Goodbye cookies! It might be the era for the rise of a new system to track Internet users, including their online activities and basic computer details in an effort to help advertisers target their products for their audience.
Cookies – the traditional method of tracking online users by dumping temporary files into their computer – provides options for users to agree or disagree to have these files installed on their system. Let us see if the same case is true for canvas fingerprinting.
Canvas fingerprinting was introduced into a few thousands of websites beginning earlier this year, though not so many knew it existed then. Their belief was that cookies would be there forever. It would have been a good thing then, because users have the option to allow or block cookies from their computers. On the other hand, not everyone knows how to manage the canvas fingerprinting, casting a shadow of doubt over its privacy implications.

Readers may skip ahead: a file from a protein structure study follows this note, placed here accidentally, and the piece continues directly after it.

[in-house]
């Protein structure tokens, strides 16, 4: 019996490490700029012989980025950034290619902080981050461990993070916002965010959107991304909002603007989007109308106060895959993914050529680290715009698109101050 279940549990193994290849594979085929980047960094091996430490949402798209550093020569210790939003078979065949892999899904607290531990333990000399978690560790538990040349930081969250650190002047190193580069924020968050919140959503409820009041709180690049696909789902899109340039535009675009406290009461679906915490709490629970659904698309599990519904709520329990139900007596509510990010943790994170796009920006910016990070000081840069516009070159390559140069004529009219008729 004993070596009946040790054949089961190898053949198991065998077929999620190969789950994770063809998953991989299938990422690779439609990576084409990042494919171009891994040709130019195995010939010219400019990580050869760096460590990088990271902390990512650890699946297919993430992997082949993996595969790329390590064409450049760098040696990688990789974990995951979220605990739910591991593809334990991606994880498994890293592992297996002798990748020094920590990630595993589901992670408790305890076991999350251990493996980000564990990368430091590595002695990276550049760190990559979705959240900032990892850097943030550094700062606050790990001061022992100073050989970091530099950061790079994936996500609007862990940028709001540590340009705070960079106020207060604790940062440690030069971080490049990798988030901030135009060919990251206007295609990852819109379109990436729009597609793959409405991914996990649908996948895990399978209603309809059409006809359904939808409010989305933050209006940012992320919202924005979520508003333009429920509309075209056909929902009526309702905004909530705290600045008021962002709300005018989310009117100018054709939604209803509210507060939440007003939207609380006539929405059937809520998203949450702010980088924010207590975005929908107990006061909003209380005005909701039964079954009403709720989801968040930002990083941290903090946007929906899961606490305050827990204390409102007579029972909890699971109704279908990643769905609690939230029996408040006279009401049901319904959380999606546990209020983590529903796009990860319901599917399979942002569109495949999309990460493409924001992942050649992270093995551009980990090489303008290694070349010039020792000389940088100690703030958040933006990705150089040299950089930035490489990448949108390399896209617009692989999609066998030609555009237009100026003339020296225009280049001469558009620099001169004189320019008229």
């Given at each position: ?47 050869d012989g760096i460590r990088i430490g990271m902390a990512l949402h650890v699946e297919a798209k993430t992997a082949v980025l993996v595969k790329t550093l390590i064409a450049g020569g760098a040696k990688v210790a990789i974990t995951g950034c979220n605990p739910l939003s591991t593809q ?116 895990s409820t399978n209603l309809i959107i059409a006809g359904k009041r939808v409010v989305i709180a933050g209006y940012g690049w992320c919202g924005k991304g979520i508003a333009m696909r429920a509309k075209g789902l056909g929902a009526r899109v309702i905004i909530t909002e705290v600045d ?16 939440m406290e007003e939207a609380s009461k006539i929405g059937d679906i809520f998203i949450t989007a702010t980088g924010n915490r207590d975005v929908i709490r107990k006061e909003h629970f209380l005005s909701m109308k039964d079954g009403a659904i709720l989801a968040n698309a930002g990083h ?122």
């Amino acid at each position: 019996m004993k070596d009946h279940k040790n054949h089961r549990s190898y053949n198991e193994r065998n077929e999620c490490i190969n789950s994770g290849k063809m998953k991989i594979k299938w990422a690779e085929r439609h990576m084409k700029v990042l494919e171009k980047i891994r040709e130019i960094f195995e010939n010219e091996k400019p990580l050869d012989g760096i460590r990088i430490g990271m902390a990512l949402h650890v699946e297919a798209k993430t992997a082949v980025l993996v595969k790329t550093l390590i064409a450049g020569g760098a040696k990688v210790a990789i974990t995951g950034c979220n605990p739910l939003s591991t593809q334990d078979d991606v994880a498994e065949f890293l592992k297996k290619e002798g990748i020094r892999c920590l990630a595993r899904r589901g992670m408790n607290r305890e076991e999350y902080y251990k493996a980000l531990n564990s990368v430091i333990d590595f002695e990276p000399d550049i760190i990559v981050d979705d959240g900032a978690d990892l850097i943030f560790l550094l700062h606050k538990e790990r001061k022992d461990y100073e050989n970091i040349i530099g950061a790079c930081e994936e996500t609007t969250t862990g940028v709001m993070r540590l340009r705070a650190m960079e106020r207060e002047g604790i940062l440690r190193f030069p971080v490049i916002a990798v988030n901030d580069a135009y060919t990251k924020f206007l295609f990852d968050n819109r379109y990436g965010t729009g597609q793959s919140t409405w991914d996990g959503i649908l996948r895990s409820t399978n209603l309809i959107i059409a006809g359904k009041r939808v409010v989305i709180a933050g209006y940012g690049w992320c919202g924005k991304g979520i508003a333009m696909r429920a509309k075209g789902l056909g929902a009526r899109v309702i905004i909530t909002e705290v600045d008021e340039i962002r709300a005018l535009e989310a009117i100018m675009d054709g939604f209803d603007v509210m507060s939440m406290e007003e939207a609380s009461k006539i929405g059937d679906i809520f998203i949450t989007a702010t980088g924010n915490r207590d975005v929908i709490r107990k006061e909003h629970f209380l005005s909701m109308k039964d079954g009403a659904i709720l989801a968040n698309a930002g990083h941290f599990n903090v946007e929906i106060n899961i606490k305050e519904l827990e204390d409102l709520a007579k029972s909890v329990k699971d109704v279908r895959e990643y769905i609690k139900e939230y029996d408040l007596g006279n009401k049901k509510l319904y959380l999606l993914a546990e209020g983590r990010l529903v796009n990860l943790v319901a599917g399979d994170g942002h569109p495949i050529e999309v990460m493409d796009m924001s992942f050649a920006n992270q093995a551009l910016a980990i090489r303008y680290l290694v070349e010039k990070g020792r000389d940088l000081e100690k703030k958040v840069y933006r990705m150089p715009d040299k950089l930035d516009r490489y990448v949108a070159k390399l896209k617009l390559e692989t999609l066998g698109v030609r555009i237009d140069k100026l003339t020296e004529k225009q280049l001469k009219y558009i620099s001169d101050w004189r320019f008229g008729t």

But this does not mean users’ privacy are to be compromised with the rise of new methods for Internet tracking. In other words, users must know how they are being tracked online, just as they know when cookies are dumped into their PCs.
But when AddThis experimented with the new method of tracking users online, it was discovered that the five-month test run was hidden from public knowledge. Even AddThis admitted that it was true in the midst of a string of reports from the media. In early July, the experiment ceased, according to AddThis.
We will see additional details of that experiment in the coming days as AddThis intends to dispel lingering privacy concerns from some groups.
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